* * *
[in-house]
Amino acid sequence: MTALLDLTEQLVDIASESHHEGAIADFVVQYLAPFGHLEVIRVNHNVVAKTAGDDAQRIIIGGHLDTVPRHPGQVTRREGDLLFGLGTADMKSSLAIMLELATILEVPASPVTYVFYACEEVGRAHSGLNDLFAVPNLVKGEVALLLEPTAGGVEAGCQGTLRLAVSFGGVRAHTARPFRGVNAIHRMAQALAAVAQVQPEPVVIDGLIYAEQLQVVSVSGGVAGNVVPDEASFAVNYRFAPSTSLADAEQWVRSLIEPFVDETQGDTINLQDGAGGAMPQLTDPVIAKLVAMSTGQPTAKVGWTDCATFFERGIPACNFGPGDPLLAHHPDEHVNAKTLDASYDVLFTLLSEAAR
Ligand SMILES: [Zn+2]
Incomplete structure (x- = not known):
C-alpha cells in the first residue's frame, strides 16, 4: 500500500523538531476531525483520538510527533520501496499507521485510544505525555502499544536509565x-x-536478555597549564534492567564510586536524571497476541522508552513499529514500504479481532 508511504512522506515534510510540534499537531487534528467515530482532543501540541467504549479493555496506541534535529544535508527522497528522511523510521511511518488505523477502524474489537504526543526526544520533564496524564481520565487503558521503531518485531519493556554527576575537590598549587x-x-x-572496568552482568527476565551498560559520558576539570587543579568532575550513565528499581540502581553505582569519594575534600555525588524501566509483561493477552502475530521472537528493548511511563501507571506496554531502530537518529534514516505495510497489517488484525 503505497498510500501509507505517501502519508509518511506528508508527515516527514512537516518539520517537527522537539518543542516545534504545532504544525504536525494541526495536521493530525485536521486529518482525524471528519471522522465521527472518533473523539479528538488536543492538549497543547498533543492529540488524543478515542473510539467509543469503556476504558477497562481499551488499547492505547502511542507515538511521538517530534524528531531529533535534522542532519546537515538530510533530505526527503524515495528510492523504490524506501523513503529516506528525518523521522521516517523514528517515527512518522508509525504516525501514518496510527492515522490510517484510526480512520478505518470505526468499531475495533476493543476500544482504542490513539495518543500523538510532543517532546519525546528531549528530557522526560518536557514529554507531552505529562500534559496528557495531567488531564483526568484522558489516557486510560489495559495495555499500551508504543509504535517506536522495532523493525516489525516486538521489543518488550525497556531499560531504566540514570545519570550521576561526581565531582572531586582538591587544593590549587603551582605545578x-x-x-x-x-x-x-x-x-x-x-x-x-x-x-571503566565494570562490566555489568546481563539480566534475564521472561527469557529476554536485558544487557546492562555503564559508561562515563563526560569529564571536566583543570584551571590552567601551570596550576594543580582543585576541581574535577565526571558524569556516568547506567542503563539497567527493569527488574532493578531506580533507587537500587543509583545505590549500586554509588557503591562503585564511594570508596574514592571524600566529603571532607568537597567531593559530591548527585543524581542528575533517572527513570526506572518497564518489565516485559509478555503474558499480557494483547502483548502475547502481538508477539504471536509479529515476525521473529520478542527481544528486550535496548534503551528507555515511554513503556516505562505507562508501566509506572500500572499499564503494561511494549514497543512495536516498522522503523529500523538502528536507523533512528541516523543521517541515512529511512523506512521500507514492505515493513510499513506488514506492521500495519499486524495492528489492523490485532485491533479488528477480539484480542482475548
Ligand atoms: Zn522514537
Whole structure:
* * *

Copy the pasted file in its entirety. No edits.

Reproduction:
[in-house]
Amino acid sequence: MTALLDLTEQLVDIASESHHEGAIADFVVQYLAPFGHLEVIRVNHNVVAKTAGDDAQRIIIGGHLDTVPRHPGQVTRREGDLLFGLGTADMKSSLAIMLELATILEVPASPVTYVFYACEEVGRAHSGLNDLFAVPNLVKGEVALLLEPTAGGVEAGCQGTLRLAVSFGGVRAHTARPFRGVNAIHRMAQALAAVAQVQPEPVVIDGLIYAEQLQVVSVSGGVAGNVVPDEASFAVNYRFAPSTSLADAEQWVRSLIEPFVDETQGDTINLQDGAGGAMPQLTDPVIAKLVAMSTGQPTAKVGWTDCATFFERGIPACNFGPGDPLLAHHPDEHVNAKTLDASYDVLFTLLSEAAR
Ligand SMILES: [Zn+2]
Incomplete structure (x- = not known):
C-alpha cells in the first residue's frame, strides 16, 4: 500500500523538531476531525483520538510527533520501496499507521485510544505525555502499544536509565x-x-536478555597549564534492567564510586536524571497476541522508552513499529514500504479481532 508511504512522506515534510510540534499537531487534528467515530482532543501540541467504549479493555496506541534535529544535508527522497528522511523510521511511518488505523477502524474489537504526543526526544520533564496524564481520565487503558521503531518485531519493556554527576575537590598549587x-x-x-572496568552482568527476565551498560559520558576539570587543579568532575550513565528499581540502581553505582569519594575534600555525588524501566509483561493477552502475530521472537528493548511511563501507571506496554531502530537518529534514516505495510497489517488484525 503505497498510500501509507505517501502519508509518511506528508508527515516527514512537516518539520517537527522537539518543542516545534504545532504544525504536525494541526495536521493530525485536521486529518482525524471528519471522522465521527472518533473523539479528538488536543492538549497543547498533543492529540488524543478515542473510539467509543469503556476504558477497562481499551488499547492505547502511542507515538511521538517530534524528531531529533535534522542532519546537515538530510533530505526527503524515495528510492523504490524506501523513503529516506528525518523521522521516517523514528517515527512518522508509525504516525501514518496510527492515522490510517484510526480512520478505518470505526468499531475495533476493543476500544482504542490513539495518543500523538510532543517532546519525546528531549528530557522526560518536557514529554507531552505529562500534559496528557495531567488531564483526568484522558489516557486510560489495559495495555499500551508504543509504535517506536522495532523493525516489525516486538521489543518488550525497556531499560531504566540514570545519570550521576561526581565531582572531586582538591587544593590549587603551582605545578x-x-x-x-x-x-x-x-x-x-x-x-x-x-x-571503566565494570562490566555489568546481563539480566534475564521472561527469557529476554536485558544487557546492562555503564559508561562515563563526560569529564571536566583543570584551571590552567601551570596550576594543580582543585576541581574535577565526571558524569556516568547506567542503563539497567527493569527488574532493578531506580533507587537500587543509583545505590549500586554509588557503591562503585564511594570508596574514592571524600566529603571532607568537597567531593559530591548527585543524581542528575533517572527513570526506572518497564518489565516485559509478555503474558499480557494483547502483548502475547502481538508477539504471536509479529515476525521473529520478542527481544528486550535496548534503551528507555515511554513503556516505562505507562508501566509506572500500572499499564503494561511494549514497543512495536516498522522503523529500523538502528536507523533512528541516523543521517541515512529511512523506512521500507514492505515493513510499513506488514506492521500495519499486524495492528489492523490485532485491533479488528477480539484480542482475548
Ligand atoms: Zn522514537
Whole structure: